The corrupt practice committed by a public officer under Section 3(e) of R.A. 3019 consists in his “causing any undue injury to any party, including the Government, or giving any private party any unwarranted benefits, advantage or preference in the discharge of his official, administrative or judicial functions through manifest partiality, evident bad faith or gross inexcusable negligence.”

It will be recalled that, following a reinvestigation of the subject cases, the OSP reversed its previous position and informed the Sandiganbayan that no probable cause existed against the accused. But the OSG, as general counsel for the government, disagreed. It claimed that the documents before the OMB showed otherwise. To settle the issue, the Sandiganbayan let the OSG catalogue the documents mentioned and show how these could prove probable cause that the accused violated Section 3(e) of R.A. 3019.

Two of those documents, the PCA Administrator’s separate memoranda to the Board of Governors in 1984 and 1985 that recommended the financial grants to COCOFED, do not on their faces show some semblance of corruption. The January 17, 1984 Memorandum which recommended the P2 million grant to COCOFED informed the Board that the grant was meant to help COCOFED stave off an anticipated scaling down of its 992 chapters nationwide which were essential channels for the dissemination of information on the advances in coconut technology and other programs of the coconut industry. COCOFED, a non–profit organization, had a vast national membership of coconut farmers and it had consistently helped the PCA implement its programs for their industry. COCOFED was PCA’s indispensable link to farmers.41

Similarly, the December 16, 1985 Memorandum recommending the P6 million grant to COCOFED adequately explained that it was made to augment the resources of COCOFED due to the lifting of government funding to ensure the effective implementation of the national coconut replanting program which was carried out with its active assistance and participation.42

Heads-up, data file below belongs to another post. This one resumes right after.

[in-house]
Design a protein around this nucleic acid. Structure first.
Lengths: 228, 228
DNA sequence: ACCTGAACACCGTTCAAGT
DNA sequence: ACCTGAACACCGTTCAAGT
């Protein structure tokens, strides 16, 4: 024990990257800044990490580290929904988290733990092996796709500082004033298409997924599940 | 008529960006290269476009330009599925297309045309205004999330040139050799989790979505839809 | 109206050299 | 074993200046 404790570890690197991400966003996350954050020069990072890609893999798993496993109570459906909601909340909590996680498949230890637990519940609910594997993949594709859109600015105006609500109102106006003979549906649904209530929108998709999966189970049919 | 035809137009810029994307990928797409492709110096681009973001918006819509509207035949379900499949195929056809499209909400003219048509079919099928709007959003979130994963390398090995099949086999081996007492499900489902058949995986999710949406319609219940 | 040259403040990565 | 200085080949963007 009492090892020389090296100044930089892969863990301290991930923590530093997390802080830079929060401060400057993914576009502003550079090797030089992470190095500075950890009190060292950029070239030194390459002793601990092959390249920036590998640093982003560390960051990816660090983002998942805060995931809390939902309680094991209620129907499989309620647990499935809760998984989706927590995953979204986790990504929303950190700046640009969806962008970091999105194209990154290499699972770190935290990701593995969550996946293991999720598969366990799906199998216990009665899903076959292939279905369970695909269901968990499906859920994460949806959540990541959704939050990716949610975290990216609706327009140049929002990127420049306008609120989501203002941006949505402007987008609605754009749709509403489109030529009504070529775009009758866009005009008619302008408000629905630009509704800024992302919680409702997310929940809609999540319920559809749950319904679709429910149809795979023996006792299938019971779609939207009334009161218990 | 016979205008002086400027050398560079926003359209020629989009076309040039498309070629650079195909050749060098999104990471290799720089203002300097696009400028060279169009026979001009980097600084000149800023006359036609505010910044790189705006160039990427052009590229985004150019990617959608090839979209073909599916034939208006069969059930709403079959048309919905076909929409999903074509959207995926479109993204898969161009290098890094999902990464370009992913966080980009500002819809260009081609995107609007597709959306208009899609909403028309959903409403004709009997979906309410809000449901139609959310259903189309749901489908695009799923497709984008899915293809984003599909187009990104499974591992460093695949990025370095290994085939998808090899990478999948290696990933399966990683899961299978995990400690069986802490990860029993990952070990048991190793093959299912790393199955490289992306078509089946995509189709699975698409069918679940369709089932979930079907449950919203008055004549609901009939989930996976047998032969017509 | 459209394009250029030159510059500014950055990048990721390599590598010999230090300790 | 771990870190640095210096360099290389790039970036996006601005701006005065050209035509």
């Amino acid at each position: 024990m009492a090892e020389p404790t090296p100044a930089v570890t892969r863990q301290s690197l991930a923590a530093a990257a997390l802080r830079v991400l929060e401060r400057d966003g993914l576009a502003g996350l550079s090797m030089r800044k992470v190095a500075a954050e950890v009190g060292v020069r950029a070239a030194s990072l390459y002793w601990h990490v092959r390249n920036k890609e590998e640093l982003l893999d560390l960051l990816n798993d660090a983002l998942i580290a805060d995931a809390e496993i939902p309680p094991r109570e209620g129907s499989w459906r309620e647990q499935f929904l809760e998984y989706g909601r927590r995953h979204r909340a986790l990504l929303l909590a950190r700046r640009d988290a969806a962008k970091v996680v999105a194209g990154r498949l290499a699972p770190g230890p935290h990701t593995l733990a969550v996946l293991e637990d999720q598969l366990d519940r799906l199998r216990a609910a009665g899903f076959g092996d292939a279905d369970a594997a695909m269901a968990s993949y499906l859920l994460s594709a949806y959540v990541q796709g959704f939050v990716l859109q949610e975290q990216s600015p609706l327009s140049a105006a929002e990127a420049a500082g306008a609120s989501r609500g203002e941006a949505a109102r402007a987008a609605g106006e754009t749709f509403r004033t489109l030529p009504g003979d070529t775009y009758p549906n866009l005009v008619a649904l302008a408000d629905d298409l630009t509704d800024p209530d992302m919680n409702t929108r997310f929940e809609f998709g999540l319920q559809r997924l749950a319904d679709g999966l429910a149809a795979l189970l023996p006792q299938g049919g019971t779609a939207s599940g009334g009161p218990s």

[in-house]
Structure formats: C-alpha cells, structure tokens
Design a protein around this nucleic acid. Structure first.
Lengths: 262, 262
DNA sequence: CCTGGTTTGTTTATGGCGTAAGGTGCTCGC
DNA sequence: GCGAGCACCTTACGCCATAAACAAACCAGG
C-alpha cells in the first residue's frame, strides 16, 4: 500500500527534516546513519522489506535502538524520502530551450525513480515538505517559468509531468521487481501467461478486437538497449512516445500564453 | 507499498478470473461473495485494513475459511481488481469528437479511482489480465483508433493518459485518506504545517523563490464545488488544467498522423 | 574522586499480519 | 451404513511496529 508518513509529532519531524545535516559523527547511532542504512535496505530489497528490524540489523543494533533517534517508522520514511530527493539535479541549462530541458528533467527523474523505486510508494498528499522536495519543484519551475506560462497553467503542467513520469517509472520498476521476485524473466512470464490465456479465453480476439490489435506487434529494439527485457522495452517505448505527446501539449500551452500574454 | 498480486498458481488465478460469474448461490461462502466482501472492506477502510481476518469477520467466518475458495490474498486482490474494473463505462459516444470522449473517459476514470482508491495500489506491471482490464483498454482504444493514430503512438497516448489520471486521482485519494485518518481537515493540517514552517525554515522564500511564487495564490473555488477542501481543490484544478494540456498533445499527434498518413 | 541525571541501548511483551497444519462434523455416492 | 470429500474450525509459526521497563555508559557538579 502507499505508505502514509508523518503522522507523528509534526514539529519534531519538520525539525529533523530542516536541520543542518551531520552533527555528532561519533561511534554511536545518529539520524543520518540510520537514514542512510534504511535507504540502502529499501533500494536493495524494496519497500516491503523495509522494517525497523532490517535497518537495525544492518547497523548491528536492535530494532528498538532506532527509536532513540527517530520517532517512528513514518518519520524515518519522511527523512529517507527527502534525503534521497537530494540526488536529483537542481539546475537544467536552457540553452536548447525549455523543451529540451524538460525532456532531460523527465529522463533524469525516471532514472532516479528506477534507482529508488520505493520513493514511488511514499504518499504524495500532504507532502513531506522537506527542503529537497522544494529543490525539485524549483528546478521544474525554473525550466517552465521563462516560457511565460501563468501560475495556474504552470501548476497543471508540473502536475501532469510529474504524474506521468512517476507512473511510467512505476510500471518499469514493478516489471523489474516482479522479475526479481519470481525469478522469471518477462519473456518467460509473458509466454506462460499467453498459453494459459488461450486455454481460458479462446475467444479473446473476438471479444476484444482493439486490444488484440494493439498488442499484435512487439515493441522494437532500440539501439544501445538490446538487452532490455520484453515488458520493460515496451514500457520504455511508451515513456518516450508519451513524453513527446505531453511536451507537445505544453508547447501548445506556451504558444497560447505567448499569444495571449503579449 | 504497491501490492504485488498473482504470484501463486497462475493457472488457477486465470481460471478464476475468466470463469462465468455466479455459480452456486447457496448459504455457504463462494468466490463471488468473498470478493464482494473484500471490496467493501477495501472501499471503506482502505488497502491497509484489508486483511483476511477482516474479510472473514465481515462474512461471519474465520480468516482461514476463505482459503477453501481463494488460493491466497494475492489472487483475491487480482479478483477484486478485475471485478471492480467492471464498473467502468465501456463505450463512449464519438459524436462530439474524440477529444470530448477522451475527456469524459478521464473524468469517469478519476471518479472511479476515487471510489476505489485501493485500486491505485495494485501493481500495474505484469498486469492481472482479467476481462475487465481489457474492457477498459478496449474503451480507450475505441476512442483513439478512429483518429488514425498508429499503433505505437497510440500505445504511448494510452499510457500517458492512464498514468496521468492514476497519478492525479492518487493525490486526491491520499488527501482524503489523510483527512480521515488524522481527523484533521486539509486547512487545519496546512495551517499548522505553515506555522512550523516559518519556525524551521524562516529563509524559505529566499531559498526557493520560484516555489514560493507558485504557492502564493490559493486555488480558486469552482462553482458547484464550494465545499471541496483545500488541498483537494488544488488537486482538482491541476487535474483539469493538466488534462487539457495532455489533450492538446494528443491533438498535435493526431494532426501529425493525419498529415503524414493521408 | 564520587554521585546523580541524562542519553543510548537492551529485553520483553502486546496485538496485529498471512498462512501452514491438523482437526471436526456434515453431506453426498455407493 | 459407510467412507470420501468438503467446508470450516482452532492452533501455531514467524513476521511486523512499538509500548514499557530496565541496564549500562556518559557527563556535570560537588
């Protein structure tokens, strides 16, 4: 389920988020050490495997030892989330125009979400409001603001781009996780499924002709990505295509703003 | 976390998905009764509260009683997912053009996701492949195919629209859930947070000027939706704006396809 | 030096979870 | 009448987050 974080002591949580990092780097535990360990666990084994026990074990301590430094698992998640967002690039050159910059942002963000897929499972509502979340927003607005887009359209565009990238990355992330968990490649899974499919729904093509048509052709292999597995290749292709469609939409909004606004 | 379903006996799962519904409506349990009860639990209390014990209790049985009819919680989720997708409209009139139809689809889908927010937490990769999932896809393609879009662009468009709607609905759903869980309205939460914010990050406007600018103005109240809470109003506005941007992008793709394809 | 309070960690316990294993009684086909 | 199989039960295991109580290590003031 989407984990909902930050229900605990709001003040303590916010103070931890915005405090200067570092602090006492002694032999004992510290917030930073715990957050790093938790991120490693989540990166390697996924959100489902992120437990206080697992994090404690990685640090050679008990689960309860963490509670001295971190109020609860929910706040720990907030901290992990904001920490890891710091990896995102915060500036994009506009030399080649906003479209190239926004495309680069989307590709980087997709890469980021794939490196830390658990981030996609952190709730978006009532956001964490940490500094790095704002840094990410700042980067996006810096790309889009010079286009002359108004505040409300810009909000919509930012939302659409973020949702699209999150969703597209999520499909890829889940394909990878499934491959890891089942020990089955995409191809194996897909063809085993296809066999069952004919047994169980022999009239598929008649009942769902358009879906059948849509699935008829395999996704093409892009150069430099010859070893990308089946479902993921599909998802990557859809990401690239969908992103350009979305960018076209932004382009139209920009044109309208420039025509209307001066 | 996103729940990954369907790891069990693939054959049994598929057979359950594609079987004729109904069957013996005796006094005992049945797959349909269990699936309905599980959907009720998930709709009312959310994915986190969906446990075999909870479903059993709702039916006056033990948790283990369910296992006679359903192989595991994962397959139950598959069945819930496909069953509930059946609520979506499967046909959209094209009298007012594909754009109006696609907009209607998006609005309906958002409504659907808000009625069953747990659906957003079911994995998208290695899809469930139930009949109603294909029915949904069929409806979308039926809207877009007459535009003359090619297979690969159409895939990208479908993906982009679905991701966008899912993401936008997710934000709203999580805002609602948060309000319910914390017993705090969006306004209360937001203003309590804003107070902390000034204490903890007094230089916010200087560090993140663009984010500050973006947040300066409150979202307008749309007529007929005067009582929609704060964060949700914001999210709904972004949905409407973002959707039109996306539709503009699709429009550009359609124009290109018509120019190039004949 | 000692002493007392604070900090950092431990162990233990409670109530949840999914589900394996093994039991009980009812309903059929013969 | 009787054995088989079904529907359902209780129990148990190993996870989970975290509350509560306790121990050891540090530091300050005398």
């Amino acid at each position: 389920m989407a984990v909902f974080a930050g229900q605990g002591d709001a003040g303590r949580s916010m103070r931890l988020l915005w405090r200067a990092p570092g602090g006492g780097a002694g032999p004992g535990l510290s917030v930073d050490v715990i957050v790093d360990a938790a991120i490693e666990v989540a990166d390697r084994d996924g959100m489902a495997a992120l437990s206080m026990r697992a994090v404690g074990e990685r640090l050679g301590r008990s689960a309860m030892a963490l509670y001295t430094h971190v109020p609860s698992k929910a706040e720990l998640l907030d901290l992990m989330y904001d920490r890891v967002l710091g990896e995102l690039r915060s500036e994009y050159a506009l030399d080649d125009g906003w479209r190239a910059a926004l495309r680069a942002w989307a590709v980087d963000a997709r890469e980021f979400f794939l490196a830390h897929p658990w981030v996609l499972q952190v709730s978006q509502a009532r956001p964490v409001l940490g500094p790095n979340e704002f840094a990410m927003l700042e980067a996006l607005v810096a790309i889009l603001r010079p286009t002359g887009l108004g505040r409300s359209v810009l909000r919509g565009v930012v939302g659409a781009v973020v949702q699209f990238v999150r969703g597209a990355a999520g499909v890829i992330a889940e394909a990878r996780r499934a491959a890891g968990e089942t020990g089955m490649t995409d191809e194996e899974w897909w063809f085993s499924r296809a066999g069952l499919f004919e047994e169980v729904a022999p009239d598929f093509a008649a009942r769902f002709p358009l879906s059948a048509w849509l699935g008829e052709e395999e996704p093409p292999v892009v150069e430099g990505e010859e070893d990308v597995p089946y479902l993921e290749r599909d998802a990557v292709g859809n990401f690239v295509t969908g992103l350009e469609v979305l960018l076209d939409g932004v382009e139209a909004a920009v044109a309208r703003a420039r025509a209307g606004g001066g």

Notably, the prosecution does not dare diminish or malign COCOFED’s above role. Nor does it deny that the PCA has been working in partnership with COCOFED towards the attainment of the policy established by law for the industry. Consequently, it cannot be said that, in granting financial assistance to COCOFED, the accused PCA Governing Board members gave it “unwarranted benefits x x x through manifest partiality, evident bad faith or gross inexcusable negligence.” The grant was not for any dishonest purpose.

COCOFED’s role in the coconut industry began with the enactment of R.A. 626043 in 1971. The law created a Coconut Investment Fund, initially capitalized by the government, but eventually supported by a levy on the farmers’ sale of their copra. Further, it directed the PCA to prescribe rules for the collection of the levy in consultation with “the recognized national association of coconut producers with the largest number of membership as determined by”44 the PCA.

COCOFED quickly qualified to that position on account of its large membership and no one had disputed its credentials. Notably, recognizing the organization’s importance, R.A. 6260 set aside P0.02 out of every P0.55 levied on farmers “for the maintenance and operation of its principal office which shall be responsible for continuing liaison with the different sectors of the industries, the government and its own mass base.”45 Relating to this, the financial grants that the PCA Board gave appear to serve a public purpose.

Furthermore, Presidential Decree (P.D.) 1972,46 and Executive Order (E.O.) 106447 required the PCA to undertake a coconut replanting program “with the active assistance and participation of the recognized organization of the coconut farmers pursuant to the provisions of R.A. 6260.”48 This meant COCOFED.49 Without this organization, the PCA would forfeit its important link to the coconut farmers that it primarily served, hampering the attainment of its objectives.50 Although the Coconut Investment Fund was scrapped in 1982, the PCA continued to work with COCOFED in its programs for coconut farmers; hence, the recommendation to grant the organization financial assistance so it could maintain its useful function.